On Monday July 27th the White House launched the American Business Act on Climate Pledge. Nations around the world have submitted their INDCs and corporations are also providing climate pledges of their own ahead of COP21. This significant climate change mitigation effort involves some of the world’s largest enterprises. A total of 13 American companies have agreed to invest at least $140 billion in low-carbon technology and add more than 1,600 megawatts of renewable energy. This is in addition to preexisting company goals to cut greenhouse gas emissions by half and reduce water use. Together these companies have revenues of $1.3 trillion and a combined market capitalization of $2.5 trillion.
This effort from American companies is part of the Obama administration’s effort to build momentum for the forthcoming COP21 climate talks scheduled to take place in Paris at the end of the year. President Obama announced the US INDCs in the spring of this year. At COP21 it is hoped that the world will come together to sign a global climate agreement that will keep global temperatures from rising beyond the upper threshold limit of 2 degrees Celsius.
Thirteen American companies made new climate commitments as part of the White House’s American Act on Climate Pledge. These companies include Alcoa, Apple, Bank of America, Berkshire Hathaway Energy, Cargill, Coca-Cola, General Motors, Goldman Sachs, Google, Microsoft, PepsiCo, UPS and Walmart.
“Our engagement with these companies today is around their commitment to supporting a strong outcome in Paris,” White House adviser Brian Deese told reporters in a conference call. “This is about demonstrating the American business community’s support for a strong outcome and demonstrating U.S. leadership.”
The President’s initiative to get large American corporations to make climate mitigation pledges adds to his growing reputation as a climate hawk.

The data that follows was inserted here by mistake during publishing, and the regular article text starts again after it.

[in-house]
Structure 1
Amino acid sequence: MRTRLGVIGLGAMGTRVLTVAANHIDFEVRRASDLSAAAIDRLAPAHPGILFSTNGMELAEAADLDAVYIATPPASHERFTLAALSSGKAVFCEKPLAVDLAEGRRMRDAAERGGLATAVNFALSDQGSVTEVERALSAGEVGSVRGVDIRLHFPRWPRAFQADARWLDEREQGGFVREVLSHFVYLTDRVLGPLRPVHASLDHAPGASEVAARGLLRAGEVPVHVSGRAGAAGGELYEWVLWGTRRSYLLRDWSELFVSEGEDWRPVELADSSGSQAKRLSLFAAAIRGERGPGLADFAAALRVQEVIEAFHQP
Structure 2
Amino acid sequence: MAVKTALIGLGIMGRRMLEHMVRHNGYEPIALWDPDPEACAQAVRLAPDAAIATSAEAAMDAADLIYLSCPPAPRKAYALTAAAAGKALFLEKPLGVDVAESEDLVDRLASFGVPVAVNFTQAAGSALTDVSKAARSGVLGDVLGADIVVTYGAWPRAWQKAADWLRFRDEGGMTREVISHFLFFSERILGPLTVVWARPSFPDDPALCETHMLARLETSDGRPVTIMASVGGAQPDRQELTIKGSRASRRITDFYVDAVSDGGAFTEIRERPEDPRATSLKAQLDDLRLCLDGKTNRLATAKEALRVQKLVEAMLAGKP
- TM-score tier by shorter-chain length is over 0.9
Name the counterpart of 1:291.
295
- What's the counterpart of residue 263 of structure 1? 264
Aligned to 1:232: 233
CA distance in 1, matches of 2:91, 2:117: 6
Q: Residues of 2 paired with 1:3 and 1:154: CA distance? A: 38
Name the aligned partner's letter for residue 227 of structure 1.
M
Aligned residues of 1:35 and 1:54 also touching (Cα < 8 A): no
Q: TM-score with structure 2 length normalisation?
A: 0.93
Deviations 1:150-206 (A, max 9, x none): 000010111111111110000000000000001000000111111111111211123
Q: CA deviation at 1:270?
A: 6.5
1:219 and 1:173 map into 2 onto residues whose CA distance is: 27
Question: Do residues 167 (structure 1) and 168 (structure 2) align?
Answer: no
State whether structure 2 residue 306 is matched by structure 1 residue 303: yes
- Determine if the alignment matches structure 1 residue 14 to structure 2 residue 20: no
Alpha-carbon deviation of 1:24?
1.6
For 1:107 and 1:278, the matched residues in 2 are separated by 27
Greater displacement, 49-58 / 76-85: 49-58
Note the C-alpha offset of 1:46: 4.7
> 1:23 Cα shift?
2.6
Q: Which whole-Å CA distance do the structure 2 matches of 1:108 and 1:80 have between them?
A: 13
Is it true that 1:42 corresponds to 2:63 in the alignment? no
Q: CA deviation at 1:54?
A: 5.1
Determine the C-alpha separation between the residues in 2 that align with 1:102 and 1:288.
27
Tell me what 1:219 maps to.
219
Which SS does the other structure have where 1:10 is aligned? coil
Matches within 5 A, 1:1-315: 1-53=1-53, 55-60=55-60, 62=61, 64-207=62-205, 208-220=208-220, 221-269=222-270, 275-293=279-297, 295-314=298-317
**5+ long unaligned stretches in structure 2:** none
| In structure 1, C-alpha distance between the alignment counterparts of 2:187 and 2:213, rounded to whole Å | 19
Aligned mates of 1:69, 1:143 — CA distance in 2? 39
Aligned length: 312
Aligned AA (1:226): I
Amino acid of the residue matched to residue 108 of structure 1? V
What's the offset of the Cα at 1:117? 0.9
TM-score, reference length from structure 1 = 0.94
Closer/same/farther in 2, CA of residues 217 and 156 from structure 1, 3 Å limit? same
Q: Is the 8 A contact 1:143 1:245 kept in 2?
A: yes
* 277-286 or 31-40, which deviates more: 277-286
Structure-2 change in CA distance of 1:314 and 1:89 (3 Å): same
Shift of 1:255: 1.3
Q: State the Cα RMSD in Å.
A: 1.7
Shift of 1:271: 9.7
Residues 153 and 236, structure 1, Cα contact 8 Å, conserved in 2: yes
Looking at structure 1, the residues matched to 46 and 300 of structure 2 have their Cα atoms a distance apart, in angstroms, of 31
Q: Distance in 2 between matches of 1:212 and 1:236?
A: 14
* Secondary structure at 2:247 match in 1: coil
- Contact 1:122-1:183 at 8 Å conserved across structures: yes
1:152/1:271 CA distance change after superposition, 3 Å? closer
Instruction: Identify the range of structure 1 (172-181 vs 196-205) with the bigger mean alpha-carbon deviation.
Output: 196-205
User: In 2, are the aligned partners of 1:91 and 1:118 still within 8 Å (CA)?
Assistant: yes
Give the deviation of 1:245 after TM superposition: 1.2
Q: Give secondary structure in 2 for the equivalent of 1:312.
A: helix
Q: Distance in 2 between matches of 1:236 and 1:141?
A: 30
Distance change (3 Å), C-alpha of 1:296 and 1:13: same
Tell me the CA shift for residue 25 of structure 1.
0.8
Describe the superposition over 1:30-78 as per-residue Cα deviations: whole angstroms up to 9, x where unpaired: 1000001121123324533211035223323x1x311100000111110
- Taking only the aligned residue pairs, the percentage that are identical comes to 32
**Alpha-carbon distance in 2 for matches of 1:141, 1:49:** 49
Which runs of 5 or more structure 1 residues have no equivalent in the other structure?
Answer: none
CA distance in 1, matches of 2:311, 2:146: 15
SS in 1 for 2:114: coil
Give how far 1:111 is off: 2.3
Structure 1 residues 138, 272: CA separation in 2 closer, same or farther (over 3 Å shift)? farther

Some of the highlights of the plan include pledges to cut emissions by 2020, the date when a hoped for international climate agreement will come into effect. Coca-Cola indicated it would cut emissions by 25 percent, while UPS revealed that it would reduce emissions by 20 percent below 2007 levels. GM said it would slash carbon intensity by 20 percent compared with 2010 levels.
Google has stated that it will triple its purchase of renewable energy with the goal of generating 100 percent of the power required for its operations with renewables. Microsoft plans to use renewables to power its data centers, offices, labs and manufacturing facilities. Goldman Sachs also indicated that they are seeking to use only renewables for all their operations by 2020.
Bank of America said they would more than double their environmentally oriented lending, investments, capital-raising, advising and financing from $50 billlion to $125 billion in 2025. Berkshire Hathaway plans to double its clean energy investments from $15 billion to $30 billion and shut 75 percent of its coal fired plants in Nevada.
Predictably as a Swiss clock, Republicans are attacking effort to move away from climate change causing fossil fuels. They are also vociferous in the resistance to the Obama administration’s climate action and the forthcoming deal at COP21.
Republican majorities in both houses of congress are hostile to climate action and the Senate can be expected to kill any climate deal that comes before them. In response the White House has suggested that it may try to use existing treaties and a non-binding emissions pledge to avoid having to table a deal before climate denying Republican Senators.
Despite Republican obstructionism, the White House plans even more climate action.
“Today’s announcements are only the beginning. This fall, the Obama administration will release a second round of pledges, with a goal of mobilizing many more companies to join the American Business Act on Climate Pledge,” the White House said.
More corporate commitments are expected at a State Department event in October.